HBS Alumni: What do they do?

As this is recruiting week, I continue along in the same vein as my past two posts.

Today we explore the question, “what are HBS alums doing after graduation?” HBS furnishes students with an extensive alumni database providing a big picture of HBS students’ paths from several aspects.

(Currently there are over 44,000 living HBS alums, and following data reflects that fact)

First, we examine the positions they hold.

Alumni by Position

About one in four HBS graduates is the CEO or President of a company. Expanding our view we see approximately 40% of HBS alums hold top executive positions: vice president, chairman of the Board, COO and CFO.  As this includes all living alums, regardless of age (20s to 90s), should we narrow our scope to those in middle-age (40s to 60s), we would doubtless see a higher proportion holding these positions.

It is a widely held fact that more than 10% of Fortune 500 CEOs are HBS alums, far higher than grads from other business schools. However, as the number of students pursuing careers at Fortune 500 companies is declining, we can expect a change in this number.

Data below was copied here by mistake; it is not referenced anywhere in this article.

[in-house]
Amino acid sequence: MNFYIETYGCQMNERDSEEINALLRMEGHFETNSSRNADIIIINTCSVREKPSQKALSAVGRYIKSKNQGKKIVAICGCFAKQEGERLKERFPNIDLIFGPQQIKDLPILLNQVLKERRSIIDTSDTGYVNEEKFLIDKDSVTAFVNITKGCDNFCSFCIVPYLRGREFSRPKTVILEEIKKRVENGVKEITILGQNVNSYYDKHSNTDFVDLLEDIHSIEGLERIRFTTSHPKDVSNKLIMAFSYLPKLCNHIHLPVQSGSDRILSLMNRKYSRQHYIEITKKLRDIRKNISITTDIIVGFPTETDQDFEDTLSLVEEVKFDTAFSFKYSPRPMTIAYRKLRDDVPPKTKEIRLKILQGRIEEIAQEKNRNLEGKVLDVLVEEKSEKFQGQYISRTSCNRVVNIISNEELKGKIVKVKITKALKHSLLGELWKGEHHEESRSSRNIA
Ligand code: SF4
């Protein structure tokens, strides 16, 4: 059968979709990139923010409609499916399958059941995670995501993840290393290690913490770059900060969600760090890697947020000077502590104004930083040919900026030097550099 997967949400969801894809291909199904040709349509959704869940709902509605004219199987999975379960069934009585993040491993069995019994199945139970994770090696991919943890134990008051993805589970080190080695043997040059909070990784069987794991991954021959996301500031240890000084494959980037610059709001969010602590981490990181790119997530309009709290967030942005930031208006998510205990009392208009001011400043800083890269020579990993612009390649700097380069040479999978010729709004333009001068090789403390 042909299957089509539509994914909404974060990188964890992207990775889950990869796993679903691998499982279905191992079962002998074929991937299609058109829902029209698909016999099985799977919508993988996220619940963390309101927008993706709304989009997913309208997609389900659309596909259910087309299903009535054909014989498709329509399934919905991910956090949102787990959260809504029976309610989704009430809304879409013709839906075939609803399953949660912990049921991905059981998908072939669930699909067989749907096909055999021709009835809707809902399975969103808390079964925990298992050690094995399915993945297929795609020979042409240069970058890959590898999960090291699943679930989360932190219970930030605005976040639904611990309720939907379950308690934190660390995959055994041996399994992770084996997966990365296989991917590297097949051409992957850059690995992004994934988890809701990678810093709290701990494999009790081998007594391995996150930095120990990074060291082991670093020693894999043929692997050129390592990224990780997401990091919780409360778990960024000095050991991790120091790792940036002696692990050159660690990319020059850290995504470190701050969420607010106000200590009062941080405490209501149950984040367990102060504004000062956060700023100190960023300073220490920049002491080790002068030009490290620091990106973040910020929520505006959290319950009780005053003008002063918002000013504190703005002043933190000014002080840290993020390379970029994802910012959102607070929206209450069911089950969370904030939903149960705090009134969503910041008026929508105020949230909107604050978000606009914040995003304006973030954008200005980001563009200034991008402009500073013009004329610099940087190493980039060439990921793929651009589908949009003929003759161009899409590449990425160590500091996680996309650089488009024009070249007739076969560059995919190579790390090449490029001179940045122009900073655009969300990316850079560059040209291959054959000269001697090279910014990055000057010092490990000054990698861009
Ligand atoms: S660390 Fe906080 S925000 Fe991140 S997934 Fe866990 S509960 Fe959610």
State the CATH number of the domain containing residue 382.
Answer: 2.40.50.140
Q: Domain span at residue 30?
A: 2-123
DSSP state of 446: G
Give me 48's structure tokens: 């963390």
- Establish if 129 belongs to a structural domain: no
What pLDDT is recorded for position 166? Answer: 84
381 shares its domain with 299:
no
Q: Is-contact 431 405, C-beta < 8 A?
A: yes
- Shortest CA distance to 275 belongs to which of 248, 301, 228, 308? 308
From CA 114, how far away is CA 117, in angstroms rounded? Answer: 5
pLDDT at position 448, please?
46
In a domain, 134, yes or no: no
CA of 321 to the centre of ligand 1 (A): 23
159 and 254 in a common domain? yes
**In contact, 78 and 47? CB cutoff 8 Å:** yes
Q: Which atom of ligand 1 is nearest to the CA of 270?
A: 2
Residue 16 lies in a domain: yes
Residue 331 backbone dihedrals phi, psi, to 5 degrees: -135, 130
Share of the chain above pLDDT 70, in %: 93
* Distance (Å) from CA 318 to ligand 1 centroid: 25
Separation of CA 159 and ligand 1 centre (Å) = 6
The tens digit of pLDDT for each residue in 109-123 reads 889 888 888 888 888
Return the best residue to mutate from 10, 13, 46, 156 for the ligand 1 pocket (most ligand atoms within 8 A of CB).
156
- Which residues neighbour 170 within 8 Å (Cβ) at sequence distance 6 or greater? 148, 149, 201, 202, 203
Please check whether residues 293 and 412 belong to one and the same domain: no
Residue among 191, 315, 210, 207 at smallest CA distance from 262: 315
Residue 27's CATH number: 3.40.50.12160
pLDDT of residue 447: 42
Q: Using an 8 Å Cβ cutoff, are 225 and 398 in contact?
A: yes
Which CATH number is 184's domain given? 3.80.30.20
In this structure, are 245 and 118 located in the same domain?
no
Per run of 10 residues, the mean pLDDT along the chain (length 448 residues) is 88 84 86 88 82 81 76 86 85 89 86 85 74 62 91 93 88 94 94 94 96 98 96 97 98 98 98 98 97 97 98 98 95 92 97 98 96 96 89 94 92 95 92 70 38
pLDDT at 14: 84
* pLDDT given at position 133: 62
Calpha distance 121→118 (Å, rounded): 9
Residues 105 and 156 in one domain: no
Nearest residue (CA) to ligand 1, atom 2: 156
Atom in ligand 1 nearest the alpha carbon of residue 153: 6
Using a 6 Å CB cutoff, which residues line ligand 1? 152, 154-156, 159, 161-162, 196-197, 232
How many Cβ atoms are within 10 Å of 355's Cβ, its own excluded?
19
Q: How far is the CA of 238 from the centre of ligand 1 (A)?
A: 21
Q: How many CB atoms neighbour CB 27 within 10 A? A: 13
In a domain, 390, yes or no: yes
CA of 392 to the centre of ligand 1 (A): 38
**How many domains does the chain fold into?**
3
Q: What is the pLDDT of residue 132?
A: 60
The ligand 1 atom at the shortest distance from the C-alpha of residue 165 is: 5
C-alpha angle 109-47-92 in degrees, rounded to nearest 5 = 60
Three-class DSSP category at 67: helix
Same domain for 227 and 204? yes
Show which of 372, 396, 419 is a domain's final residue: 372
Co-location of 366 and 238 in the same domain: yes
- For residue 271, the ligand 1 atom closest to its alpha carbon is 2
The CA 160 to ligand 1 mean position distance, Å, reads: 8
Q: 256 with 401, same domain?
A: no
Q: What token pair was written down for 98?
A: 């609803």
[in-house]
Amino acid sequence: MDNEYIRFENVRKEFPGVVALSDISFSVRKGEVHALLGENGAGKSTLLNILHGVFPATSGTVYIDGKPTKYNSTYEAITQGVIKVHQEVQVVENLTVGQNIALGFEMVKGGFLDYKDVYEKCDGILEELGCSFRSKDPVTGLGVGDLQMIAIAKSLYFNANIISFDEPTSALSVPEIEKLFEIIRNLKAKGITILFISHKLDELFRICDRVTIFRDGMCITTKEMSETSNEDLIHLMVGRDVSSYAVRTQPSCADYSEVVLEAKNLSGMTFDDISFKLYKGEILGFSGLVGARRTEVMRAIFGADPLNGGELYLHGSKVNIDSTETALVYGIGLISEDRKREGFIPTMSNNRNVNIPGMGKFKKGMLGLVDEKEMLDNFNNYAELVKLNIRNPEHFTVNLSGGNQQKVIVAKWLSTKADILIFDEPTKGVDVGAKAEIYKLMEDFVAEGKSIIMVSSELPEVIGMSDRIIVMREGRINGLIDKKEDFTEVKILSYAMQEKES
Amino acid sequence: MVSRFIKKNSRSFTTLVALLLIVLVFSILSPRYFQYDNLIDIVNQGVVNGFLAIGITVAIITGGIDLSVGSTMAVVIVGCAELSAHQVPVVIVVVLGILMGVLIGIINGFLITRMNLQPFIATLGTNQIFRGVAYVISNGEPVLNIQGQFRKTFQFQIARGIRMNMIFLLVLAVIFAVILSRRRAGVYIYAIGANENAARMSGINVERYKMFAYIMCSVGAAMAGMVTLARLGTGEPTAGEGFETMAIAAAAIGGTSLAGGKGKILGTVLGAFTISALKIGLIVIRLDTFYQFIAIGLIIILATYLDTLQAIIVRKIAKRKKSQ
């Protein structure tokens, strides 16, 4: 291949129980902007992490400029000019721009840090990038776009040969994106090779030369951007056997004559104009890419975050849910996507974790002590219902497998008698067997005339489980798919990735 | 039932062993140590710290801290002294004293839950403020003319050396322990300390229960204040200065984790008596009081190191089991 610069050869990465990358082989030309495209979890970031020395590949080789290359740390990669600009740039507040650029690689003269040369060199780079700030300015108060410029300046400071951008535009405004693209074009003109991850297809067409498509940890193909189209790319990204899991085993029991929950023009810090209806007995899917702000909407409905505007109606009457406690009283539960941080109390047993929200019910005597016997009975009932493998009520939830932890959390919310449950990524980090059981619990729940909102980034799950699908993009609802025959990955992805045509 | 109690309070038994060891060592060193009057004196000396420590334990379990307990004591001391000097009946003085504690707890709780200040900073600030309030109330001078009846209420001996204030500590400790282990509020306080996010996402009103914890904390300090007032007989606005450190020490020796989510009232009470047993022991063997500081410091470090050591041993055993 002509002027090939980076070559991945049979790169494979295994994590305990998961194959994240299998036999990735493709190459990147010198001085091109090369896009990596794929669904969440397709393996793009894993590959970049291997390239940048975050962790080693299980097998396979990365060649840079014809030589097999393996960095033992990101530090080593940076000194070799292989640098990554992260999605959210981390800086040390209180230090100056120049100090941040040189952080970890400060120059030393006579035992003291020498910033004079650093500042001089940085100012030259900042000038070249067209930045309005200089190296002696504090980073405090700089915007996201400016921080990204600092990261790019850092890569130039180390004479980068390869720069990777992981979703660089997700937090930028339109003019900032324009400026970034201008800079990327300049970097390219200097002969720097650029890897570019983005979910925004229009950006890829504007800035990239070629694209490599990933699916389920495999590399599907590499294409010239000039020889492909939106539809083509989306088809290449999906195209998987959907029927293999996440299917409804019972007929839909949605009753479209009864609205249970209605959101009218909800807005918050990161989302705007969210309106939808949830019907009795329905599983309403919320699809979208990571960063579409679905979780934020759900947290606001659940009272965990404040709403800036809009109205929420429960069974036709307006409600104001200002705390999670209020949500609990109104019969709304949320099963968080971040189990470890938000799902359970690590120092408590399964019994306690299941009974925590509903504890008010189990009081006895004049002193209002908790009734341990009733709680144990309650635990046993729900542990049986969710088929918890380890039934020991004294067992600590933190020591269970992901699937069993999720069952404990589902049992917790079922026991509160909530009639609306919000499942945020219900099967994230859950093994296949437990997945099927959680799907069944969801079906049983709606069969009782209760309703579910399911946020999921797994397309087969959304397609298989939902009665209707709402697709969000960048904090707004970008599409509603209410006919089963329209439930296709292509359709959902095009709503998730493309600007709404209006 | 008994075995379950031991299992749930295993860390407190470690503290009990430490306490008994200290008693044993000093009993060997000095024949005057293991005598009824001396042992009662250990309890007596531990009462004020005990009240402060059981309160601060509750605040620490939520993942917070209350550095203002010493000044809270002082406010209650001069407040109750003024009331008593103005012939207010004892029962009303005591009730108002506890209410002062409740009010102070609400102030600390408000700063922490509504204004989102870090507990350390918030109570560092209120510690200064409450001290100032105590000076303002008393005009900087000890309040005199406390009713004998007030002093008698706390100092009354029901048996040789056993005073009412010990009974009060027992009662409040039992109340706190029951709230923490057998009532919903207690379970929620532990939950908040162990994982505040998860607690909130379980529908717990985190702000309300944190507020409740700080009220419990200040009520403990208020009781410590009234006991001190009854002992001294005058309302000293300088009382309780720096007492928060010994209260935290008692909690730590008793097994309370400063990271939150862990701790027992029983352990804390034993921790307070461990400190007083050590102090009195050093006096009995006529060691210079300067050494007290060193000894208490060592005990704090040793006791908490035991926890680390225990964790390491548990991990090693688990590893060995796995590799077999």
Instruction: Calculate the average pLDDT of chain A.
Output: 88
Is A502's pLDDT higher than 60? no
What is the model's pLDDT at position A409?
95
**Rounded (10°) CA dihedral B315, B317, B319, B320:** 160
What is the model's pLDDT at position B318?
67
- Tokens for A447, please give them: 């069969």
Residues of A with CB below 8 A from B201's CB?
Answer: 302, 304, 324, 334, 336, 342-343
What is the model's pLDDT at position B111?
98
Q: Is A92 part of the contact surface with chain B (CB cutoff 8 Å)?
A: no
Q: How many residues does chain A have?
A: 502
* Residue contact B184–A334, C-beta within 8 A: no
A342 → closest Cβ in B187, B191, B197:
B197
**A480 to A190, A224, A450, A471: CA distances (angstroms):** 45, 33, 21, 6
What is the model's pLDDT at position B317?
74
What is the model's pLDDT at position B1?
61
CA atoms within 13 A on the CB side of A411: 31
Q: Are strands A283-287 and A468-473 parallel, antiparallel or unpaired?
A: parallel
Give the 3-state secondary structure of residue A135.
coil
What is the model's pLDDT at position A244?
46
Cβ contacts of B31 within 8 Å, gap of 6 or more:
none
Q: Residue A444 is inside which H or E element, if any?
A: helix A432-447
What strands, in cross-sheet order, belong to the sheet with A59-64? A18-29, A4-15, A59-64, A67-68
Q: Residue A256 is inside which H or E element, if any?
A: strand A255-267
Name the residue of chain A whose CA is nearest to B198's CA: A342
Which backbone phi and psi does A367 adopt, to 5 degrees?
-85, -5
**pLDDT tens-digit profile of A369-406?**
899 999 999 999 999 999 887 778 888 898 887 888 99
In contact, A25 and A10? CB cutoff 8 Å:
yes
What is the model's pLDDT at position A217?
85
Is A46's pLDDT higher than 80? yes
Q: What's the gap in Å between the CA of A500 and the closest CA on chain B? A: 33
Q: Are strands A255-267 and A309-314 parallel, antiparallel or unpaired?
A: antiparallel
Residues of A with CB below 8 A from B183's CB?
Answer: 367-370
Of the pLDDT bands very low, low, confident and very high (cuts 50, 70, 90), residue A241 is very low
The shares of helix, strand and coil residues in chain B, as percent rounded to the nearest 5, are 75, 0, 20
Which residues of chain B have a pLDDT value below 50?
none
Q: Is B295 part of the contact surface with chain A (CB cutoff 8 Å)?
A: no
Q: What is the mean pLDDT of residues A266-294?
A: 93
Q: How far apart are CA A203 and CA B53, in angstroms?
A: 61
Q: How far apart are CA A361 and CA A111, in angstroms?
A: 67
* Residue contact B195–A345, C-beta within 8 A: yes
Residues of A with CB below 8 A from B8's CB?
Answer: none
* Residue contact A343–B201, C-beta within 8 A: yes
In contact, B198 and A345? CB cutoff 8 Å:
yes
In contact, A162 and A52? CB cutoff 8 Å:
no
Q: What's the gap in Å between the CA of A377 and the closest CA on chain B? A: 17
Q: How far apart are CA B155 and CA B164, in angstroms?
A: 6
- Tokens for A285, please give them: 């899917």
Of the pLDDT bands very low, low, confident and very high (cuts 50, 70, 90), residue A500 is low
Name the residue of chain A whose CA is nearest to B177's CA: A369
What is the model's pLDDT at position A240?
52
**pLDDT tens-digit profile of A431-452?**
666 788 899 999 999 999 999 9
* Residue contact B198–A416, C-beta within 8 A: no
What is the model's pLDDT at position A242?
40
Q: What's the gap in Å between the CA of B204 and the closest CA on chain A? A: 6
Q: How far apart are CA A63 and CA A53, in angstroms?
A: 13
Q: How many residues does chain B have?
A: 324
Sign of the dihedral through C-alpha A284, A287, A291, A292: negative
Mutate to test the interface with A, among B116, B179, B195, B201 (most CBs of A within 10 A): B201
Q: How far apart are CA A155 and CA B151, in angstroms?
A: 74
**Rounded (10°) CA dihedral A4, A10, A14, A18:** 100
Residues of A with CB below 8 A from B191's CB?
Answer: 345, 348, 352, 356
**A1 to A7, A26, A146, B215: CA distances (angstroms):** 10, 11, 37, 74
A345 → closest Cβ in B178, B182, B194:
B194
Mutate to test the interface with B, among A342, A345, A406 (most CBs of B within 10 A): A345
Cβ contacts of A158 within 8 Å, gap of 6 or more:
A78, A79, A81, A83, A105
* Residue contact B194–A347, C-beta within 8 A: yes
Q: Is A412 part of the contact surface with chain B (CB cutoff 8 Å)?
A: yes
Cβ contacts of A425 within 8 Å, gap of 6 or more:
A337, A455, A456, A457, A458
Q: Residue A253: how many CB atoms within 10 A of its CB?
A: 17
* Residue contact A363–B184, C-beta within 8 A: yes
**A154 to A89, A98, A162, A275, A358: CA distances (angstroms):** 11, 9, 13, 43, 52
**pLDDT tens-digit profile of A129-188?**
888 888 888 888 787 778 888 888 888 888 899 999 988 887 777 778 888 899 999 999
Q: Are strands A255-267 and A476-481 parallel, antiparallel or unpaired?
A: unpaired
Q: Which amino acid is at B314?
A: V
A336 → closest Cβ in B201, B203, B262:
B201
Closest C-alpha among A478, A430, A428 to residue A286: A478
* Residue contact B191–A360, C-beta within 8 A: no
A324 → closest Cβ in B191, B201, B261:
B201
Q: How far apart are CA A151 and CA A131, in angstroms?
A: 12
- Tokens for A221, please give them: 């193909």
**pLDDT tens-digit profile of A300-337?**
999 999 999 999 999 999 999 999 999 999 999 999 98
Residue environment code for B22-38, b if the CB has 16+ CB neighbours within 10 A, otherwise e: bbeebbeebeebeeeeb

Turning our attention to the industry in which they work -

Alumni by Industry

Twenty-four and fourteen percent of HBS alums work for finance and consulting industries respectively. This is in line with the HBS current students’ class profile. Many HBS students come from finance and consulting, and many take employment in the same industries (a caveat here – they aren’t necessarily the same people who were originally in these fields when they arrived at HBS).

Examining the breakdown of these two industries, we find the finance industry consists of various sub-industries: commercial banking, investment banking, hedge fund, private equity, asset management, and so on. However, a few top companies dominate the consulting industry. At the top, McKinsey accounts for 20% of HBS alums working in the industry. In other words, McKinsey employs in excess of 1,200 HBS alums. McKinsey and HBS appear to have a very close relationship.

 

Personally I don’t like the latter statistics. Advocating the importance of diversity, HBS is still skewed to certain industries. Starting my own company, I would like to contribute to the expansion of the gray (“other”) zone in the pie chart.


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